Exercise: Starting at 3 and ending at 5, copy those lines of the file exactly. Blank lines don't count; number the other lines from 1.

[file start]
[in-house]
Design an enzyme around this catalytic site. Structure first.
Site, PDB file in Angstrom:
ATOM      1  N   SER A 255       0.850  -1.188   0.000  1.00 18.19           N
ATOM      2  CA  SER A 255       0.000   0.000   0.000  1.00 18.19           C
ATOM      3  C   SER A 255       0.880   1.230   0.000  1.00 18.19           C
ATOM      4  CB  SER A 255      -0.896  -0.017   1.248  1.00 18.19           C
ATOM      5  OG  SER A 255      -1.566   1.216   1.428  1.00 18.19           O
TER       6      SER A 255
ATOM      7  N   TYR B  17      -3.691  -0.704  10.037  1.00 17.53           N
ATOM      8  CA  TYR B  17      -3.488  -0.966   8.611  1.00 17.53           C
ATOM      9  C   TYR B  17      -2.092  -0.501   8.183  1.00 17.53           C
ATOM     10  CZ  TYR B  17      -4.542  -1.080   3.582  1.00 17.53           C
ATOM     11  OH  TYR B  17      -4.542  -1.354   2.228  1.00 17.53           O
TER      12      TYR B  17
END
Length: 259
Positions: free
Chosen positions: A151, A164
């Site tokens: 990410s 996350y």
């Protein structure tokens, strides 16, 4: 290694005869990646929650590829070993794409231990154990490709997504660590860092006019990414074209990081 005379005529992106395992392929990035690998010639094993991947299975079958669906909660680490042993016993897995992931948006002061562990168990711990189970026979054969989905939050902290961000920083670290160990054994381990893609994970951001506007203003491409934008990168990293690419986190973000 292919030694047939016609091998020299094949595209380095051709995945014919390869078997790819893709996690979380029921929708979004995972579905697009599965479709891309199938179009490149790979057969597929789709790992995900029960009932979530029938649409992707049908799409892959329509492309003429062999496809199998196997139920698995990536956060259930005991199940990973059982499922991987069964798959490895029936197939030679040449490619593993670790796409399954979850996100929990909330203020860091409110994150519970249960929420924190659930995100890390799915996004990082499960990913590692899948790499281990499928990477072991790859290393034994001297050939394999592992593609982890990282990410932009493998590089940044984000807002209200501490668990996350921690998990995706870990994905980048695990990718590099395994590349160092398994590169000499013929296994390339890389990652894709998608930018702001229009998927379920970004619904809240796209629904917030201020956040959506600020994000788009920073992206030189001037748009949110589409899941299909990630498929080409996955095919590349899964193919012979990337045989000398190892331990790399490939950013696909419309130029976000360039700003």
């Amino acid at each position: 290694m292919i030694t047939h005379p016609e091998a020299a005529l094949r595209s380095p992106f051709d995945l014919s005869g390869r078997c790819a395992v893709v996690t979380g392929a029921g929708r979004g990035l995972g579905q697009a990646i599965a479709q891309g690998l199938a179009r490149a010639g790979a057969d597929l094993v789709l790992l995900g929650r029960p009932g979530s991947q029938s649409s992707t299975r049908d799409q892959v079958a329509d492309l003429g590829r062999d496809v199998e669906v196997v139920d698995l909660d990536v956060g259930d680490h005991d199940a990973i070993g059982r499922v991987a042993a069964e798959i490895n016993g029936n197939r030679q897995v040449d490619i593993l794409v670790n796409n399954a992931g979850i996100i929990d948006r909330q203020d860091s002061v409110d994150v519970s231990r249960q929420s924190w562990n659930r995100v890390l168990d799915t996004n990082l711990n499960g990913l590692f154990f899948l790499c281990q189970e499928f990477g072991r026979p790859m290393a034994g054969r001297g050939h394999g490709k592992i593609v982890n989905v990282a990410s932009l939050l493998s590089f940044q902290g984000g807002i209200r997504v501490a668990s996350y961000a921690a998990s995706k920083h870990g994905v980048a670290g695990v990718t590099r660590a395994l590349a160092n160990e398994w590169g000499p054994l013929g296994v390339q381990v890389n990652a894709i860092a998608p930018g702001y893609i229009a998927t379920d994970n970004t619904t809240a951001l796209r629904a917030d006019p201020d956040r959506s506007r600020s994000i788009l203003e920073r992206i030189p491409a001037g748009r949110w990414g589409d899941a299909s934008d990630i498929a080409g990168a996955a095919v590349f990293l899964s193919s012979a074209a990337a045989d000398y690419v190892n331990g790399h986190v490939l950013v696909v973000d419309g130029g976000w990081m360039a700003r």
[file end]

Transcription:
Site, PDB file in Angstrom:
ATOM      1  N   SER A 255       0.850  -1.188   0.000  1.00 18.19           N
ATOM      2  CA  SER A 255       0.000   0.000   0.000  1.00 18.19           C